The second act of the Canadian WorldTour races sees Wout van Aert, Tadej Pogačar, Michael Matthews, Peter Sagan, Biniam Girmay and Alberto Bettiol battle it out at the Grand Prix Cycliste de Montreal on Sunday.
This is their last showdown before this year’s Road World Championships in Australia and the hilly race at the Montreal circuit should give a real indication of their rainbow jersey hopes and the strengths and weaknesses of each. runner before the battle for the world title on Sunday, September 25.
The many European runners who traveled to Canada for the two races were transferred from foggy Quebec to Montreal by bus on Saturday morning. They quickly got on their bikes to stretch their legs and take a look at the hilly 12.2 km circuit around Mount Royal Park that gives the city its name.
On Friday, Benoit Cosnefroy (AG2R-Citroën) surprised everyone with a late solo attack and a superb effort to win the Grand Prix Cycliste de Québec. The biggest names all had to fight for the podium places and regret missing out on victory.
While the Quebec race is suitable for aggressive fighters like Cosnefroy or fast-finishing classic riders like Matthews, the Grand Prix Cycliste de Montreal is more like an Ardennes classic and should therefore produce races that are more open and much earlier.
The 221.4 km race distance includes 4842 meters of elevation, almost 2000 meters more than the Quebec race. The 12.2 km circuit has a considerable cycling heritage. It saw Eddy Merckx and Geneviève Gambillon win historic rainbow jerseys at the 1974 World Championships and two years later Bernt Johansson beat Giuseppe Martinelli at the Olympics. There was no women’s race, while the Soviet Union won the 100 km team time trial. Montreal has bid to host the 2026 Road World Championships in hopes of celebrating the 40th anniversary of the 1976 Olympics.
The 12.2 km circuit around Mount Royal Park includes three climbs and a short kick to the finish line, for a total of 263 m each lap.
The runners climb 1.8km at 8% to the top of the Côte Camillien-Houde in the center of the park, then descend into the streets of the city before climbing the Côte de Polytechnique (780m at 6%, including a portion of 11%) .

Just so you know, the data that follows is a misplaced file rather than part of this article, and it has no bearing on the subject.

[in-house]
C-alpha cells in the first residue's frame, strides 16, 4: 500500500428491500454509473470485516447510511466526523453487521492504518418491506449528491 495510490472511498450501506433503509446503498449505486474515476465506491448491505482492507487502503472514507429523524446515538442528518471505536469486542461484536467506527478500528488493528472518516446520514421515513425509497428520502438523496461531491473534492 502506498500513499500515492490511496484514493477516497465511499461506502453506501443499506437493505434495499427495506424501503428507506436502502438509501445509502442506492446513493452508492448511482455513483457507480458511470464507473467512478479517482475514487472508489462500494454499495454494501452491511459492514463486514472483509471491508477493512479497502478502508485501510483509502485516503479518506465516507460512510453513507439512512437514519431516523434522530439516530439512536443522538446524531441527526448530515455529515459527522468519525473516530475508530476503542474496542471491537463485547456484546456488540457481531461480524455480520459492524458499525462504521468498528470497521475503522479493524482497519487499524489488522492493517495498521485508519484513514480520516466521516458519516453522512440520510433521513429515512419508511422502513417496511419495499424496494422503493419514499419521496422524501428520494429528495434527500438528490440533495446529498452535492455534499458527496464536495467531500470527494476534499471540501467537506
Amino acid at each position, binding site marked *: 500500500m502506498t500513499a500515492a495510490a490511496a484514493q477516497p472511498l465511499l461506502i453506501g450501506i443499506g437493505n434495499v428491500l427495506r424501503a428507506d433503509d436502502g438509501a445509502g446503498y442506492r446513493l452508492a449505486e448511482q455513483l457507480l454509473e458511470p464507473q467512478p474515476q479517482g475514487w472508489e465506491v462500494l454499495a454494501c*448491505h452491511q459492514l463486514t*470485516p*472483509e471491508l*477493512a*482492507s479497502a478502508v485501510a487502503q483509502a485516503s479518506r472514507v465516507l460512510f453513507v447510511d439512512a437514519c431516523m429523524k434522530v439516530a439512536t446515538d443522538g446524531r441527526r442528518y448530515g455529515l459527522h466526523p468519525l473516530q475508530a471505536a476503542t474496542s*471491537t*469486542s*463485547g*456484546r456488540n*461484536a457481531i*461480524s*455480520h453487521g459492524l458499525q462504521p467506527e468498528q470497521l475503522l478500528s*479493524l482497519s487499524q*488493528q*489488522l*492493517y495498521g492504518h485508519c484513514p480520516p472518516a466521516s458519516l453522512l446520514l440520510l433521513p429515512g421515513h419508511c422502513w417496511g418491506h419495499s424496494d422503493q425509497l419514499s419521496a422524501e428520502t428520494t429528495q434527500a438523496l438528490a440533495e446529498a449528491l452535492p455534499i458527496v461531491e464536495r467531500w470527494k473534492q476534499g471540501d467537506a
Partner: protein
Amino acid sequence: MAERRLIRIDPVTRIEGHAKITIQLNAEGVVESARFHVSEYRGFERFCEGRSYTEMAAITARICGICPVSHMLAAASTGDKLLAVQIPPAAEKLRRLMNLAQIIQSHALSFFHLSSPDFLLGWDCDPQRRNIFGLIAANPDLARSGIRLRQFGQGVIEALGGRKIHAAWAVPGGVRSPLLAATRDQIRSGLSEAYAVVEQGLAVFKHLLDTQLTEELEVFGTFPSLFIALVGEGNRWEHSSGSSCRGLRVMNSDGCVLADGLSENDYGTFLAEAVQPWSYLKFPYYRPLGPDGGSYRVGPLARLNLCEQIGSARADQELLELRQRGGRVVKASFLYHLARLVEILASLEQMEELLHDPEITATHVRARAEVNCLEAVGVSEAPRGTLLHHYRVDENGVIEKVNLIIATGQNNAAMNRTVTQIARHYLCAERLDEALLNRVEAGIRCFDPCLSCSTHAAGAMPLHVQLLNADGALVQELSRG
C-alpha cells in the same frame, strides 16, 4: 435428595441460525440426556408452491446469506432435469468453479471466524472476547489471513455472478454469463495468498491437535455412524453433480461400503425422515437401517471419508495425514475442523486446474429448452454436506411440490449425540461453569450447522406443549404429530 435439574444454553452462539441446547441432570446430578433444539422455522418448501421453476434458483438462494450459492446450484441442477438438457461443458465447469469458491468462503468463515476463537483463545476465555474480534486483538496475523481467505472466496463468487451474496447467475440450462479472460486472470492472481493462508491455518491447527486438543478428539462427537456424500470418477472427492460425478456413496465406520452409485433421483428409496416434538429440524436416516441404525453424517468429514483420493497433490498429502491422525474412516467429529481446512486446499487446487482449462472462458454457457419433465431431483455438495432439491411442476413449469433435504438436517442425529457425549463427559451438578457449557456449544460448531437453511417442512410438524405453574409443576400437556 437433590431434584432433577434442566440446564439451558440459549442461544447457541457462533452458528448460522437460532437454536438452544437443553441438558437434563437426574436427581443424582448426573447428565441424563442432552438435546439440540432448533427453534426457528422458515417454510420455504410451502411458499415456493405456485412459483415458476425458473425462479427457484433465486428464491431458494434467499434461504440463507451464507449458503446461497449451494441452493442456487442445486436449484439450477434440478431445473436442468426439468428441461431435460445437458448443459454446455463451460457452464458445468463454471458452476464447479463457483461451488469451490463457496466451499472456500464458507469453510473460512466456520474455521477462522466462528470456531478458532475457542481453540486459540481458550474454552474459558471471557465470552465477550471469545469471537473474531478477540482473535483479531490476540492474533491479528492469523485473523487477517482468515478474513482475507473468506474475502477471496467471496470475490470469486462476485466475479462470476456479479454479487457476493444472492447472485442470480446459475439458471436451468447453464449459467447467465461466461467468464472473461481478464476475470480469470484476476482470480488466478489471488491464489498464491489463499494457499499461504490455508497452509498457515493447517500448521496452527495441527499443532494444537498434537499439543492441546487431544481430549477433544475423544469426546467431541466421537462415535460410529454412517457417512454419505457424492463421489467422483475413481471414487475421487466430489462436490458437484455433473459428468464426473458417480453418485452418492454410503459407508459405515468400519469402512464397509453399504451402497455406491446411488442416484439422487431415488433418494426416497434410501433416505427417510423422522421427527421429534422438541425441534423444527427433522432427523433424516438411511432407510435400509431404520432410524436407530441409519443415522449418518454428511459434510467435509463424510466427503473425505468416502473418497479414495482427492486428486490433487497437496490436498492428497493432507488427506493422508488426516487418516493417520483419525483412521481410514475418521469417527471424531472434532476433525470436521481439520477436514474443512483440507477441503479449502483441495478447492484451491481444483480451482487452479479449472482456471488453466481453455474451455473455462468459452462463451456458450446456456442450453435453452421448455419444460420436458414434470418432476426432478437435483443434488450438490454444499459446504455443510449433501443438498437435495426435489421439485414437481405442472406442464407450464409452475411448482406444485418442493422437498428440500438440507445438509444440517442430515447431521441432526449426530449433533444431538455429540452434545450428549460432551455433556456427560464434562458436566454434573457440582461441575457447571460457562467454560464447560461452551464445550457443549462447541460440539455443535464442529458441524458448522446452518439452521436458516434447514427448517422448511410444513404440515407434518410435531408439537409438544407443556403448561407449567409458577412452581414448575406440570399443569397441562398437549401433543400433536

There’s an 800-meter kick-up on Boulevard Mont Royal three kilometers from the finish and a quick descent and a U-turn on the uphill finish straight on Avenue du Parc.
An aggressive ending
When the race was last held in 2019 before the COVID-19 pandemic, Greg van Avermaet won the sprint to the line but only after 30km of aggressive running and a series of attacks.
Dan Martin kicked off, Nans Peters was also aggressive and they were joined by Michael Woods and Enric Mas before Mitchelton-Scott chased them down. Cosnefroy attacked with Tim Wellens on the last lap but Peter Sagan then Julian Alaphilippe fell on Cosnefroy. However Alaphilippe marked his French rival, allowing a small group to join them and Van Avermaet to sprint to victory.
The 2019 Grand Prix Cycliste de Montréal remains the last victory for the Belgian veteran. The COVID-19 pandemic has forced a two-year hiatus for Canadian racing and has also seen a new, younger generation of runners emerge. Van Aert finished 13th in Quebec on Friday, the same time as all the top chasers, and could therefore be a contender on Sunday but he will have to respond to the attacks.
Pogačar was caught out of position in the final kilometers in Quebec, but he is looking for revenge and knows the hillier Grand Prix Cycliste de Montreal suits him much better.
“The Grand Prix de Québec has too little elevation for me, but on Sunday in Montreal we will have more meters of elevation to manage. It should suit me better, it’s similar to what awaits me in Wollongong at the World Championships and it’s an important test for everyone in Canada,” said Pogačar.
Van Aert was disappointed to miss out on the win in Quebec and clearly wants a win to lift his spirits before heading to Australia for the World Championships.
“I think it’s a tougher race. There will probably be more guys like Pogačar and Bardet and Gaudu. Real climbers will get closer to victory there,” he predicted, his incredible skills making him a sprinter, a fighter and a climber.